Swaroop is a third cartoon I did, this time centering around a modern East Indian boy living in New Jersey with his traditional family. It aired on Cartoon Network as part of it’s revamped short program now called “Cartoon-Cartoon”.
This time Warner Bros and Cartoon Network decided to have a joint venture and they teamed me up with an amazing writer named Atul Rao and we became fast friends as we plodded along trying to make the first cartoon that starred an East Indian in the US.
The story is thus: Swaroop rescues a “sacred” cow from his beef-eating neighbor, Steve, who won the animal in a poker game. Hiding at home with Swaroop’s family, the cow becomes a sacred nuisance taking advantage of their hospitality. In an effort to get rid of this unwanted houseguest, Swaroop ultimately dresses the cow like a rich lady and puts her on a cruise ship to India where the animal will be both safe and far away.
Atul and I tried to make Swaroop a “Bugs Bunny” type of guy. He liked to mess with people and cause trouble but with that sweet angelic grin on his face. Whether it was selling his grandmother’s sacred pinata to the local kids for batting practice or by smuggling a cow dressed in drag,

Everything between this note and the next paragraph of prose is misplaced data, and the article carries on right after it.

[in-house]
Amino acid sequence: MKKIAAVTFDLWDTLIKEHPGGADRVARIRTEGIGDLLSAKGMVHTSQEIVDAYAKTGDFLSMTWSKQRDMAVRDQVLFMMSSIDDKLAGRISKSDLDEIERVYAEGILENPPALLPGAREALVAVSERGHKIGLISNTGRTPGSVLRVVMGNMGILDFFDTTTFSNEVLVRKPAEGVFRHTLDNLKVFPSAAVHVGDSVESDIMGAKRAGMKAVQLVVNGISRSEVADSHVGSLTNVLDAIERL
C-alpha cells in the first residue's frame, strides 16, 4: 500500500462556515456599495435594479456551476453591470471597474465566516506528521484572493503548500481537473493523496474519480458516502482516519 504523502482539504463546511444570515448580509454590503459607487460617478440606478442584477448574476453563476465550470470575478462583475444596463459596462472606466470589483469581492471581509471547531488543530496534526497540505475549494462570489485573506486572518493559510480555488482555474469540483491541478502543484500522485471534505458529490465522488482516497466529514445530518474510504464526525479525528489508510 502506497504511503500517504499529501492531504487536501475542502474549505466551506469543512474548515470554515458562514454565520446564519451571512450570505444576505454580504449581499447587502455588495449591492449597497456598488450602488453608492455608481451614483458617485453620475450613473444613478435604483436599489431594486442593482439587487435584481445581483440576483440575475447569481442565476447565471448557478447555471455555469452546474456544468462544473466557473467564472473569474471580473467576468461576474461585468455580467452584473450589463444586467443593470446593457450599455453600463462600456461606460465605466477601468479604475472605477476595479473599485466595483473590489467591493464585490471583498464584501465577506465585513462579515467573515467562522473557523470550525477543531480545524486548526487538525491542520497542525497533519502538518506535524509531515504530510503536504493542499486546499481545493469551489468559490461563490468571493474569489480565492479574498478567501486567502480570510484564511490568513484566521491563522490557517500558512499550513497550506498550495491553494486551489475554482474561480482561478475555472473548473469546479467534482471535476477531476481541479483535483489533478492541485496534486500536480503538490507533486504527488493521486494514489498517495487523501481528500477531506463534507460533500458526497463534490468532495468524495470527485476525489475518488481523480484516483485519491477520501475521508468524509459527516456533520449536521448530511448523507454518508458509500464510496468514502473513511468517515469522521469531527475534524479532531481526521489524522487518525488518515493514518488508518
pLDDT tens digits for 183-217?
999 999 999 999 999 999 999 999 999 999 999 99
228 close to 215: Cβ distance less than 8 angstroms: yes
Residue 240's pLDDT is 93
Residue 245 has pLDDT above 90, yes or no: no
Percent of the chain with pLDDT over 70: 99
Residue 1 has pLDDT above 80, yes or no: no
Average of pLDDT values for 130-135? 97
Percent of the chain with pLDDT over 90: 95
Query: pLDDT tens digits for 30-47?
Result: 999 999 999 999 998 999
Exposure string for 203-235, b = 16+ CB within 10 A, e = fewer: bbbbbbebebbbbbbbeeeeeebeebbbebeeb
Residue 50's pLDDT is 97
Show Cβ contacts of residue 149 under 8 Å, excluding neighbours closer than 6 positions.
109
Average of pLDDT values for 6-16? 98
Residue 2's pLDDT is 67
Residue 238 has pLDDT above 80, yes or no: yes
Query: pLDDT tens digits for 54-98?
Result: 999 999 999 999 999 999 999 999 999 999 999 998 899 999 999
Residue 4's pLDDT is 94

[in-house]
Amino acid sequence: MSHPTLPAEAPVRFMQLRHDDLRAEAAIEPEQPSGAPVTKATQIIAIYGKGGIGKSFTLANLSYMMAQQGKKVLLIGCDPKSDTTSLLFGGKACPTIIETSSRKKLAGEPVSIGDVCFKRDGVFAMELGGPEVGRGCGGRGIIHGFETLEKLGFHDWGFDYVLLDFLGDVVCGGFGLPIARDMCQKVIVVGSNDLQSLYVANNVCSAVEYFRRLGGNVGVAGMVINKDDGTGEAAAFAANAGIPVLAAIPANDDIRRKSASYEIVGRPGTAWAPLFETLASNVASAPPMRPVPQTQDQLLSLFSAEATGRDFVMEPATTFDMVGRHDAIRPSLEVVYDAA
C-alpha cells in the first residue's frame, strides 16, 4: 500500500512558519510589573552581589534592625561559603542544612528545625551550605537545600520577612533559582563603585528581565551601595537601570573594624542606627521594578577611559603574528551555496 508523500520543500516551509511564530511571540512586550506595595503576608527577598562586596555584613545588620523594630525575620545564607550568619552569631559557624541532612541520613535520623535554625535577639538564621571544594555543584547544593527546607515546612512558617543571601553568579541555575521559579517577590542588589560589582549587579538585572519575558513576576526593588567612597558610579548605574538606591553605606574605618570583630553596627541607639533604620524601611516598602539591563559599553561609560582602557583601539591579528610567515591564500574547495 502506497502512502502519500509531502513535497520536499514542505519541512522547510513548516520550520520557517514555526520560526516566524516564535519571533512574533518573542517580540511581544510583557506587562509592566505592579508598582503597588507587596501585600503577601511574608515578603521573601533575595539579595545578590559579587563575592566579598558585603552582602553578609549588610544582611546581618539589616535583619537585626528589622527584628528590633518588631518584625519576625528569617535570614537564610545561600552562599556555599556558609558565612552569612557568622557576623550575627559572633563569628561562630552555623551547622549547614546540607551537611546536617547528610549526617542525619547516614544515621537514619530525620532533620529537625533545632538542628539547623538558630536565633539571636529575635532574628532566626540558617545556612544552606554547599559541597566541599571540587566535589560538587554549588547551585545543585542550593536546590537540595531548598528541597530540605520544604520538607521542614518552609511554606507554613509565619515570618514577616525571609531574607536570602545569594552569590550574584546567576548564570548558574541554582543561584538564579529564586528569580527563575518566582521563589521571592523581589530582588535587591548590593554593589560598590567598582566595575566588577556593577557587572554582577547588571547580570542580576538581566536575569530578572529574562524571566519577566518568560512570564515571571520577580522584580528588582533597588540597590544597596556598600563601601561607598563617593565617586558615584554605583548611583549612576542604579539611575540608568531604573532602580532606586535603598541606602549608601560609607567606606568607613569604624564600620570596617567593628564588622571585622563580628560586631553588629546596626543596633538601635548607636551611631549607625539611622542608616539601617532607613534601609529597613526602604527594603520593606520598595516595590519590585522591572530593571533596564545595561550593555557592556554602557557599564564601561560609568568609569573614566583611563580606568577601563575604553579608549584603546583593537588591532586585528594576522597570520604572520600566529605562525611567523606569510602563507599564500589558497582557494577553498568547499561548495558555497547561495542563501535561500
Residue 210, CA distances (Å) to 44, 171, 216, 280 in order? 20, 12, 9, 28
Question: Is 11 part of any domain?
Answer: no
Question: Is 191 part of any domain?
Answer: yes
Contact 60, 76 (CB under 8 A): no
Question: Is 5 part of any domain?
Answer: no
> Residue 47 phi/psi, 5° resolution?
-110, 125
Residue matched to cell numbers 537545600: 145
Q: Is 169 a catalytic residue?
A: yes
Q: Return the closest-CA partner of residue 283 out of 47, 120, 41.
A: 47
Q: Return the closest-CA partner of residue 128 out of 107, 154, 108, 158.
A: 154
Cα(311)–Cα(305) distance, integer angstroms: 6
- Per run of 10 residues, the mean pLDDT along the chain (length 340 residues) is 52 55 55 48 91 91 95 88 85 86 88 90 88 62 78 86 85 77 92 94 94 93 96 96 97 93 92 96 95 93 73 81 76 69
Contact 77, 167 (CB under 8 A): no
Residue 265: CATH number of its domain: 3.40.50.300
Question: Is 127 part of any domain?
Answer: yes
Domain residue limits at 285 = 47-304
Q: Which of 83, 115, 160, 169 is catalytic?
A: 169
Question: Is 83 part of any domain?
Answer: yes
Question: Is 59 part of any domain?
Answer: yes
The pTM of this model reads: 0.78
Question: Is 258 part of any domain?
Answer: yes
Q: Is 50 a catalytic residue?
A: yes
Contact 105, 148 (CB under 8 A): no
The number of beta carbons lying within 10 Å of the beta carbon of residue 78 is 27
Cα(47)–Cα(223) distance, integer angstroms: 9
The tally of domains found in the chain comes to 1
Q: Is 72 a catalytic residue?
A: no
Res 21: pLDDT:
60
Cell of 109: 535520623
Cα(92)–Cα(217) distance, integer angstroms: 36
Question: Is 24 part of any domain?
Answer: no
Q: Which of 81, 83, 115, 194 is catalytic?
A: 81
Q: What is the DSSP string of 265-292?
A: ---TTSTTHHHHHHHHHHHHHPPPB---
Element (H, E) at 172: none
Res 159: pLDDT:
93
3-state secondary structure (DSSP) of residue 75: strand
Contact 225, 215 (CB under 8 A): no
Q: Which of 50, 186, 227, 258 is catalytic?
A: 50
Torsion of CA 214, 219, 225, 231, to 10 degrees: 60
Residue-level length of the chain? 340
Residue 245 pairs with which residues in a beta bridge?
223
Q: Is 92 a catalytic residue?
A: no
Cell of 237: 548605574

Swaroop was always knee deep in fun. His brother Baljit was a Hipster wanna-be and would say things like “Vhat are you happening bromo?” He was sort of a predecessor to Ali G in a way. Agee (which means grandma in Hindi ) ruled the roost and the father Bahrat was always willing to let her tell them all what to do as he was to busy checking to see if his belly was “maturing splendidly”. The mother Neela tires to make the cow feel at home by making alfalfa vindaloo but the cow gets wise and begins to rule the roost. She even takes over Swaroop’s bed causing his saying that she would be “sleeping on a bun with a cheese blanket if it were not for him”.
At the end of the summer in 2000 Cartoon Network held a contest to see which cartoon kids would like the most and kids could vote online for their favorite cartoon. The winner got a series. Swaroop came in third out of 12 cartoons. Not bad but not good enough either. The winner was Kids Next Door which is still airing on Cartoon Network as we speak. Sigh…
All in all it’s a pretty funny cartoon and we got great press from the Indian community in case you’re thinking it’s offensive. Sadly, Swaroop came to a sudden end when the whole problem with Pakastan started after 9/11 and Cartoon Network dropped the development on it. Feel free to tell them they should revisit it!
For this film I storyboarded, directed, and designed it. As a side note, Atul voiced Swaroop as well as a few incidental characters.